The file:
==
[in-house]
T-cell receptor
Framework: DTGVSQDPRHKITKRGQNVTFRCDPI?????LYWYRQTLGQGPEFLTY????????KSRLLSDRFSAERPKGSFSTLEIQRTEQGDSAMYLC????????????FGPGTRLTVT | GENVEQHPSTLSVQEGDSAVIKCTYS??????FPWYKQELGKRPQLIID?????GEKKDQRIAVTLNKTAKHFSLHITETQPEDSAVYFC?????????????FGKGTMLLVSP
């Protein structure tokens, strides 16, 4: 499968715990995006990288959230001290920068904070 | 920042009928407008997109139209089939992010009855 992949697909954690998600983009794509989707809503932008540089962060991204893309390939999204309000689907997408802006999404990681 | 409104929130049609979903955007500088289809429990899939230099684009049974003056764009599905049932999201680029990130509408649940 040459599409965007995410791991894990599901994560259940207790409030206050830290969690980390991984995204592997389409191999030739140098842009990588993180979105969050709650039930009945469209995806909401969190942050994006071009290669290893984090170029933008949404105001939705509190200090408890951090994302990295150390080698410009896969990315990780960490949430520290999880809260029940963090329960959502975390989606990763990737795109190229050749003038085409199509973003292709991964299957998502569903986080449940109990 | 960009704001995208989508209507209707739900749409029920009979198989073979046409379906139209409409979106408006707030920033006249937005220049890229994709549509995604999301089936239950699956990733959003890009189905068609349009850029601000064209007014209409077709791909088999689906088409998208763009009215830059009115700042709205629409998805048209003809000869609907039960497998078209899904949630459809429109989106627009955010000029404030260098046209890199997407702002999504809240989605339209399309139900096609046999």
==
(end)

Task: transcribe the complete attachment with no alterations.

[in-house]
T-cell receptor
Framework: DTGVSQDPRHKITKRGQNVTFRCDPI?????LYWYRQTLGQGPEFLTY????????KSRLLSDRFSAERPKGSFSTLEIQRTEQGDSAMYLC????????????FGPGTRLTVT | GENVEQHPSTLSVQEGDSAVIKCTYS??????FPWYKQELGKRPQLIID?????GEKKDQRIAVTLNKTAKHFSLHITETQPEDSAVYFC?????????????FGKGTMLLVSP
């Protein structure tokens, strides 16, 4: 499968715990995006990288959230001290920068904070 | 920042009928407008997109139209089939992010009855 992949697909954690998600983009794509989707809503932008540089962060991204893309390939999204309000689907997408802006999404990681 | 409104929130049609979903955007500088289809429990899939230099684009049974003056764009599905049932999201680029990130509408649940 040459599409965007995410791991894990599901994560259940207790409030206050830290969690980390991984995204592997389409191999030739140098842009990588993180979105969050709650039930009945469209995806909401969190942050994006071009290669290893984090170029933008949404105001939705509190200090408890951090994302990295150390080698410009896969990315990780960490949430520290999880809260029940963090329960959502975390989606990763990737795109190229050749003038085409199509973003292709991964299957998502569903986080449940109990 | 960009704001995208989508209507209707739900749409029920009979198989073979046409379906139209409409979106408006707030920033006249937005220049890229994709549509995604999301089936239950699956990733959003890009189905068609349009850029601000064209007014209409077709791909088999689906088409998208763009009215830059009115700042709205629409998805048209003809000869609907039960497998078209899904949630459809429109989106627009955010000029404030260098046209890199997407702002999504809240989605339209399309139900096609046999």